The chart below shows the target investment returns you would need to make to match current ‘best buy’ annuity rates at age 60. In each case they are joint life annuities with a 50% spouses’ pension.
Drawdown target returns to match current annuities, targets at age 90 shown. Source: Tideway in-house analysis
The chart shows that to get your money back you now need to live to at least 86 on a level annuity and 89 on a 3% per year escalating annuity.
Both annuities only need a target return of 2.4% net fees to match the annuity payments to 100.
Putting these return targets into context
So, how achievable are these kind of returns in a pension drawdown account, taking account of fees?
On the face of it 0.5-1.1% p.a. seems like a very low target, but it comes at a time where the risk-free return is shockingly low. At the time of writing, and according to the FT website a 20 year UK gilt now pays a yield of just 1.08% p.a. to maturity. After any kind of costs for running a pension drawdown account investing in gilts is going to produce a sub 1% p.a. long term return.
Similarly, low risk corporate bonds now have very low yields. According BlackRock’s iShares website the weighted average yield to maturity on their Core GBP Corporate bond ETF (SLXX) stood at 2.2% as of the 13 September. Unless interest rates fall further from here the returns from vanilla corporate bond funds, allowing for the costs of running a drawdown account, are going to be sub 2% a year.
These funds and longer dated gilts also carry real short-term risk to capital if interest rates rise. As can be seen in the chart below, SLXX fell almost 2% in one week this month as longer-term interest rates started to recover. Given the low yields on this fund, unless rates fall back again, its going to take someone buying at the beginning of September at least a year to get a positive total return from this popular investment.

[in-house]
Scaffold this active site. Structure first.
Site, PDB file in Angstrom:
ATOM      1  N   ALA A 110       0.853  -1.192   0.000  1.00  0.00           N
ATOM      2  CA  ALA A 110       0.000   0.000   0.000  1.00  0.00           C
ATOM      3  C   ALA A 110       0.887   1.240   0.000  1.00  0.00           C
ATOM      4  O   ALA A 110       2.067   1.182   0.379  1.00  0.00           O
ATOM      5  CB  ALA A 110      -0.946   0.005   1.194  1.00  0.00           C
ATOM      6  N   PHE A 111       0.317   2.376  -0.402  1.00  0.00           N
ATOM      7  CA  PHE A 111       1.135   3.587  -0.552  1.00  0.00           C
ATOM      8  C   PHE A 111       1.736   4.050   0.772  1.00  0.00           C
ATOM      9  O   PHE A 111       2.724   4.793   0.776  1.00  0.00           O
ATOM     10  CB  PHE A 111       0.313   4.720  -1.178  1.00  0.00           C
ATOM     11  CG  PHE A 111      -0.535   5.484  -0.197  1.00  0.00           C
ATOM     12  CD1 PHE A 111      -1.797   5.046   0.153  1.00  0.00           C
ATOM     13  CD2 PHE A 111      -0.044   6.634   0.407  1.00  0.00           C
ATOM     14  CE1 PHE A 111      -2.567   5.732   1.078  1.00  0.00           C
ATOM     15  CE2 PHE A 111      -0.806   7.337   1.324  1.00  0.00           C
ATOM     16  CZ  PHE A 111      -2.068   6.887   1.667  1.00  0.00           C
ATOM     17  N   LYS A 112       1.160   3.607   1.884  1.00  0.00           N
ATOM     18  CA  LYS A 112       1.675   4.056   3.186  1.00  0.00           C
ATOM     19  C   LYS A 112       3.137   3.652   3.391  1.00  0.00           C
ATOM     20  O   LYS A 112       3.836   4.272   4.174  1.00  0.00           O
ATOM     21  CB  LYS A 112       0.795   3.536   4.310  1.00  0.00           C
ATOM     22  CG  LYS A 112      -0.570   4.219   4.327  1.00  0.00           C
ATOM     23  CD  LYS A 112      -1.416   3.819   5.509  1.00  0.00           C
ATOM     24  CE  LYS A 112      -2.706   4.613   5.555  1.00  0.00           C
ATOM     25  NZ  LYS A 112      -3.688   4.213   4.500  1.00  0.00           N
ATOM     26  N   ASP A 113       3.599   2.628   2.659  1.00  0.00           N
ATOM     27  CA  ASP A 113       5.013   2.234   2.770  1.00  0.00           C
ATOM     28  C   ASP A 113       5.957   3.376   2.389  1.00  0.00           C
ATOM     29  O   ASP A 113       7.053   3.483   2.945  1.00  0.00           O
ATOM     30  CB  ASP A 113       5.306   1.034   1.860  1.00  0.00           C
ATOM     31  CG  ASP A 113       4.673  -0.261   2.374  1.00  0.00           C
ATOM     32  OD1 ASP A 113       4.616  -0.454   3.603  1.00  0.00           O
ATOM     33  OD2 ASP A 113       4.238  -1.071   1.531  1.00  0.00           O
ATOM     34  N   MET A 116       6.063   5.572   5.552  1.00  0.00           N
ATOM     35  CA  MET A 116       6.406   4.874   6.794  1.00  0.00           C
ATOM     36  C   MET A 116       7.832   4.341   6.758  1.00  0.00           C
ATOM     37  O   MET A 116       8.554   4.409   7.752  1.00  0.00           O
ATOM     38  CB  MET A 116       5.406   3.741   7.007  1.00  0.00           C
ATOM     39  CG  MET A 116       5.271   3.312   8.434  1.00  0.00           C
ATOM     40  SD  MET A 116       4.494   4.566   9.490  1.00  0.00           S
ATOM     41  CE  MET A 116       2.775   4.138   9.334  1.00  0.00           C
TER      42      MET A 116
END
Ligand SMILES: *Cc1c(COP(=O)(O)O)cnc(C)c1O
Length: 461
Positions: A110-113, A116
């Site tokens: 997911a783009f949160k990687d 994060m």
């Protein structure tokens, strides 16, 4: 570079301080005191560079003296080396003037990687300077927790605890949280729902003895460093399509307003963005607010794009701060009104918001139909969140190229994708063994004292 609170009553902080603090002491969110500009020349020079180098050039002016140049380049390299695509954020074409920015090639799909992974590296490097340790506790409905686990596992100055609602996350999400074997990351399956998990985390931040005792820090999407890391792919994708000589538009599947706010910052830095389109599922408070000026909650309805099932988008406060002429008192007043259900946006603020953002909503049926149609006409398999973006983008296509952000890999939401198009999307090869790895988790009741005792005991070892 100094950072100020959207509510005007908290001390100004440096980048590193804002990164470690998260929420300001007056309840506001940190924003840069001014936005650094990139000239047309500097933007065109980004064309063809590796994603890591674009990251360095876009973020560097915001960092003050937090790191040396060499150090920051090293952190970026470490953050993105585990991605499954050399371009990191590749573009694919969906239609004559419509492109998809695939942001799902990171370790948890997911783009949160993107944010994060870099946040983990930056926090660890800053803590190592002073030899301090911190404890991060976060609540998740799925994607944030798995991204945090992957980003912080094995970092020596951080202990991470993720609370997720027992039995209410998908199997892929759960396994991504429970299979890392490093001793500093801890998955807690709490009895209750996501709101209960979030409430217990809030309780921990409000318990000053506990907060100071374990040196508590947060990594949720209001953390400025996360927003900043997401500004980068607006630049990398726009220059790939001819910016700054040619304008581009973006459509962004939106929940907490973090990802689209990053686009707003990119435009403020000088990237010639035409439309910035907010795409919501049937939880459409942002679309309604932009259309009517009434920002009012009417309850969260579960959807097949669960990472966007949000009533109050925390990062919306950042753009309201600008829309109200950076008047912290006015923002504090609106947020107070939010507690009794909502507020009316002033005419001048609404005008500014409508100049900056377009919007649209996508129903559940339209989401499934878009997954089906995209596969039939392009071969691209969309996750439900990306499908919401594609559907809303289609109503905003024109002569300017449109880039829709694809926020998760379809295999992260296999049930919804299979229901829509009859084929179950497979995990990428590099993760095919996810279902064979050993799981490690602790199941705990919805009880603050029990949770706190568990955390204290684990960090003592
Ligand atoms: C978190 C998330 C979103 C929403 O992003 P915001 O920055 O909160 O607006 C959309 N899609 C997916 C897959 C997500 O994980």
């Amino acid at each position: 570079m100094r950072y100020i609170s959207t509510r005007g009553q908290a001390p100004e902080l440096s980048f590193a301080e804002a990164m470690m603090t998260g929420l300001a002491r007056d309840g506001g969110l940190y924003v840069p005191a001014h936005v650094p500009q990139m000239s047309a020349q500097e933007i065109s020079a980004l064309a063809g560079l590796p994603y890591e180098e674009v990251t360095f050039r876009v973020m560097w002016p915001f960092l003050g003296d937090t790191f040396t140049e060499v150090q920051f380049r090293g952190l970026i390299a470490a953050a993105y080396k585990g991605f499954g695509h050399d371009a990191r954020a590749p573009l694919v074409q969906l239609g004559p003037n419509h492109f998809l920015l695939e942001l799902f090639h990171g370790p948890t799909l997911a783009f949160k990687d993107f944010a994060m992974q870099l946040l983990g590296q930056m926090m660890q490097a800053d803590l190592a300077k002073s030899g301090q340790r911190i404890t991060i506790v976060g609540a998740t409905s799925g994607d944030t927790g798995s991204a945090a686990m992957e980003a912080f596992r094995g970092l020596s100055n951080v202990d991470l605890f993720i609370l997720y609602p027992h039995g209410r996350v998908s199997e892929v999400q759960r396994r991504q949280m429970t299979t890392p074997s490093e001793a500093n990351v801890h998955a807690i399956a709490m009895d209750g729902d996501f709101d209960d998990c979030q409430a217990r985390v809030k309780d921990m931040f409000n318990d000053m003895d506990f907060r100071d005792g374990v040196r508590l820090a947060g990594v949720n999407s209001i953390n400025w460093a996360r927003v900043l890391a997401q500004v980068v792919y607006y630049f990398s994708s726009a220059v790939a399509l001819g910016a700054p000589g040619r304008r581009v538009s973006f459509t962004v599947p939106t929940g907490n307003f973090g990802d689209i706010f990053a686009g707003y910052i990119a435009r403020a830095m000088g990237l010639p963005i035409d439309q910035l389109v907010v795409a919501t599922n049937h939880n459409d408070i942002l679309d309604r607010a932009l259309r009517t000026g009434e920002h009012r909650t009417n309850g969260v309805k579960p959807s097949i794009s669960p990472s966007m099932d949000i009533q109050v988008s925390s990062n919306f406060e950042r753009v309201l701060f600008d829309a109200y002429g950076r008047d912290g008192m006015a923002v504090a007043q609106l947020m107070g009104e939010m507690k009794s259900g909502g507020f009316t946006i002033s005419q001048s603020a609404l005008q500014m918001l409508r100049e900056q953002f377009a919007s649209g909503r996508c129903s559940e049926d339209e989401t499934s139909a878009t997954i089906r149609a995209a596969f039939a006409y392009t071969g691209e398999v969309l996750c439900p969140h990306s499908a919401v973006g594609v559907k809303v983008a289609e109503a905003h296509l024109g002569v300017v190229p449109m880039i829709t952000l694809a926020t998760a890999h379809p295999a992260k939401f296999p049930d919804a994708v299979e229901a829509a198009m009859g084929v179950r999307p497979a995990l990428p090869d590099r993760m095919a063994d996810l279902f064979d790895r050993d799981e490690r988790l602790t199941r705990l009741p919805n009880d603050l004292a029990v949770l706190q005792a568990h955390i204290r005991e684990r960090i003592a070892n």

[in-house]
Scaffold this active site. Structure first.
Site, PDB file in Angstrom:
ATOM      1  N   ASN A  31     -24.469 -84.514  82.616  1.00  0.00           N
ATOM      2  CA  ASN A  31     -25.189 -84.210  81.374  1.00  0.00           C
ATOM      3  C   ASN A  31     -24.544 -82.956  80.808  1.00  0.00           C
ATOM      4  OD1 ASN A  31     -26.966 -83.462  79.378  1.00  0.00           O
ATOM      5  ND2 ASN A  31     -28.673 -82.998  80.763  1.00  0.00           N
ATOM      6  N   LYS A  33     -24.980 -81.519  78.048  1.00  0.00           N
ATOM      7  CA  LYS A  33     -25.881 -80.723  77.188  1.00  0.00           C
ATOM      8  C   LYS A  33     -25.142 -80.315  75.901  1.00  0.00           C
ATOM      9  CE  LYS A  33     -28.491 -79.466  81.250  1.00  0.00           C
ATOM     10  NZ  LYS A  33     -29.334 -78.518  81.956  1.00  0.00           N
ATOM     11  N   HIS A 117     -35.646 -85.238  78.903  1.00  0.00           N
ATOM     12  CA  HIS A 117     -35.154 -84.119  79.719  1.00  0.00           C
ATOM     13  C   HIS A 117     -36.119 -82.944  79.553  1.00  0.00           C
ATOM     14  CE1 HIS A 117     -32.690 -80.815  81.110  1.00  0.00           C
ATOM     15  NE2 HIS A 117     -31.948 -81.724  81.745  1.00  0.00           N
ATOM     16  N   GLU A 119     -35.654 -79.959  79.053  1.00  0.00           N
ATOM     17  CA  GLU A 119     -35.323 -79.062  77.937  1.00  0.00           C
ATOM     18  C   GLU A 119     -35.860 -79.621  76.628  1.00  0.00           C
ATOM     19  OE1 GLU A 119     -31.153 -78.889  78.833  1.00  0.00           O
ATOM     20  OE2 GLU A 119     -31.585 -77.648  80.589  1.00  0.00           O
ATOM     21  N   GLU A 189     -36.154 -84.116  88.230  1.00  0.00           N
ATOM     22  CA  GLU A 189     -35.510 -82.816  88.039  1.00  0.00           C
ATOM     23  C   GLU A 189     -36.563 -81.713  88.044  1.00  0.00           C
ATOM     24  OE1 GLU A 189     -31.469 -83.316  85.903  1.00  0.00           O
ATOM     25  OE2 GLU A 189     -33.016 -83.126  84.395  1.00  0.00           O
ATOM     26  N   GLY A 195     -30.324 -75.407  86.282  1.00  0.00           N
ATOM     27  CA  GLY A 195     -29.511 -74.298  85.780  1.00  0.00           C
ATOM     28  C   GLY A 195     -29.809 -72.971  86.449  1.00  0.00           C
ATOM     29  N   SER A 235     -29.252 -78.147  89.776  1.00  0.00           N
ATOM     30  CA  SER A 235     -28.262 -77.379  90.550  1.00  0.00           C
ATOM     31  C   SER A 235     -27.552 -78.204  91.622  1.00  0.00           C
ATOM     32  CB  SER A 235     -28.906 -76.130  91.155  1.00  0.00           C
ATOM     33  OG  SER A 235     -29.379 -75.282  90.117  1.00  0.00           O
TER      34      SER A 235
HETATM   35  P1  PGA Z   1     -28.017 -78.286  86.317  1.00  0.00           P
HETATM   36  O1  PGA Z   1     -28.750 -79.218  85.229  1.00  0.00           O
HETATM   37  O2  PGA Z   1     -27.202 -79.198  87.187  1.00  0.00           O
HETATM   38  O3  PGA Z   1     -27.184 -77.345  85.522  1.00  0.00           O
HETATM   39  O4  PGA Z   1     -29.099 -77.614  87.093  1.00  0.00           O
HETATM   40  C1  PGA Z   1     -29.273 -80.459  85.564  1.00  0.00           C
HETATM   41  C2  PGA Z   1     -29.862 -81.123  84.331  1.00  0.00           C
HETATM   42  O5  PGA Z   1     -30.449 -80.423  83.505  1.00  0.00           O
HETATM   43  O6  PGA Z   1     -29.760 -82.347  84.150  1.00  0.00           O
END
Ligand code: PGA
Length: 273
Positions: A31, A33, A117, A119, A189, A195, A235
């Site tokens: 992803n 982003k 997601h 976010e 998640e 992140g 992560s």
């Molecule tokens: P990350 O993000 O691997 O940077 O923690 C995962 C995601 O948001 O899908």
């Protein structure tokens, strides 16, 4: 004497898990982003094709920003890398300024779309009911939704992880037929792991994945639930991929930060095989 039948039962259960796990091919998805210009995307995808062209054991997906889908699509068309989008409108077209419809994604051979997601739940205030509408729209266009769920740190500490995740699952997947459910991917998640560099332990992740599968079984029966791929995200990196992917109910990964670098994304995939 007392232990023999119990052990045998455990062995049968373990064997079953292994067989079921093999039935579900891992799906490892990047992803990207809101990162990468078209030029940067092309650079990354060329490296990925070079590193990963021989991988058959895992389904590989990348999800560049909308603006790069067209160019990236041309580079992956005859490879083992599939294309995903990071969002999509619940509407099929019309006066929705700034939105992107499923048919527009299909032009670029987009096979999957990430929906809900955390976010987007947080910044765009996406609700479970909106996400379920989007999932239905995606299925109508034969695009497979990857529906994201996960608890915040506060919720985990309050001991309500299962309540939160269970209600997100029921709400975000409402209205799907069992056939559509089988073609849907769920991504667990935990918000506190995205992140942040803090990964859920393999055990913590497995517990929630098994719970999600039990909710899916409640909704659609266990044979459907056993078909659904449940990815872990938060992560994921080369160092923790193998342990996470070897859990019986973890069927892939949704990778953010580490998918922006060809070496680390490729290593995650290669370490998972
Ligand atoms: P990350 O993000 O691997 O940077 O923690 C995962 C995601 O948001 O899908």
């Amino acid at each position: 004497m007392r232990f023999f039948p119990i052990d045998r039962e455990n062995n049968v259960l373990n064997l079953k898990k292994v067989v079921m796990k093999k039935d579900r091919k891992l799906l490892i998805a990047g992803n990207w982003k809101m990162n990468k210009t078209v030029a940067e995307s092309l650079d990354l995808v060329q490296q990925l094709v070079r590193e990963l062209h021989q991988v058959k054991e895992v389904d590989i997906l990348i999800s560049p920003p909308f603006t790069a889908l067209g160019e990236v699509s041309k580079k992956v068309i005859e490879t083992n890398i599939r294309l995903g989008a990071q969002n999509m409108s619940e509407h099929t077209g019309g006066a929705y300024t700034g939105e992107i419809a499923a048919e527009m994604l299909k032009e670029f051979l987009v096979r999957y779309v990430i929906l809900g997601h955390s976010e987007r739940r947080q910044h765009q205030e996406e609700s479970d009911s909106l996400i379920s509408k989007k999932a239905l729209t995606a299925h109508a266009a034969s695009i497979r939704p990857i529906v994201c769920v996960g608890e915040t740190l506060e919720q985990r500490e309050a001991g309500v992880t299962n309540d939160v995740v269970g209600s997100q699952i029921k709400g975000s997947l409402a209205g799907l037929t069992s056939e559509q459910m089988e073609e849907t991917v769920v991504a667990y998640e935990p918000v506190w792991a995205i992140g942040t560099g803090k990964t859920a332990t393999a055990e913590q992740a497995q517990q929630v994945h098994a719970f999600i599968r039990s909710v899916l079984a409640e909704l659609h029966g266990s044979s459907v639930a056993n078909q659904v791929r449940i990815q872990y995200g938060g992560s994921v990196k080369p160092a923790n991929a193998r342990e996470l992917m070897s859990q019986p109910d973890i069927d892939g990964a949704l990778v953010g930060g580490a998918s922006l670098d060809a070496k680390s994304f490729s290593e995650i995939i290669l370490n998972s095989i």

According to BlackRock iShares there was £1.9bn invested in the SLXX ETF as of 13th September 2019.
Higher Yield, Hybrid Capital Fixed Income
The attraction of fixed income securities is getting a known return for a set period and you can typically get better fixed income returns lending to large big brand companies in what’s called hybrid capital fixed income securities. These have terms and conditions which generally make them a bit riskier resulting in higher interest payments. Sticking with big brand issuers the risk of defaulting on the planned payments can be kept pretty low.
According to Bloomberg on the 16 September 2019 the following issuers all had hybrid bonds in issue yielding more than 4.5% a year to maturity. Even allowing for fees this will translate to a 3-3.5% p.a. return in a drawdown account.
Funds investing in hybrid bonds are offered by Royal London, Tideway and other specialist fixed income fund managers.
Multi Asset Cautious Managed Funds
The IA Cautious Managed 0-35 sector tracks mixed asset managed funds with less than 35% exposure to equity markets. The chart below shows the average annual return from these funds over the last 30 years.
Whilst returns from this type of investment strategy have fallen in the last 5 years, its worth noting that for the last 5 years we have had low gilt yields having fallen from around 10% p.a. in 1990 to sub 2% p.a. in 2012. Well diversified multi asset funds should hold other investments where returns should be in excess of inflation over the long term including for example real estate and infrastructure as well as shares and bonds.
Again, allowing for fees these types of funds should give a lower risk return or around 3% p.a. or more.
Using a SIPP To Lower Risks Further
A key attraction of using a SIPP drawdown account rather than an insured pension plan is the ability to hold a mix of different assets segregated within the account as oppose to mixed together in a single unitised fund.
With a SIPP portfolio like this its possible to take the natural income yield of the portfolio and hold low risk funds like short dated bond funds to supplement this income whilst holding more volatile investments for the long term. This avoids one of the biggest risks to drawdown which is finding that you have started your account just before a big market correction that then means you start selling investments at a loss.
Setting aside the extra value of flexible access and control of capital that comes with drawdown versus an annuity, given most people won’t live to age 90 then for most the downside risk is achieving a nominal return after fees of less than 1% a year.
On the upside, taking a conservative view on returns from cautious managed funds or hybrid capital fixed income, achieving 3% a year return after all fees should be manageable without excessive risk. The chart below shows the surplus funds this would produce as compared to current annuity rates in the form of the residual account balance over time, which could either be passed on or used to fund higher withdrawals.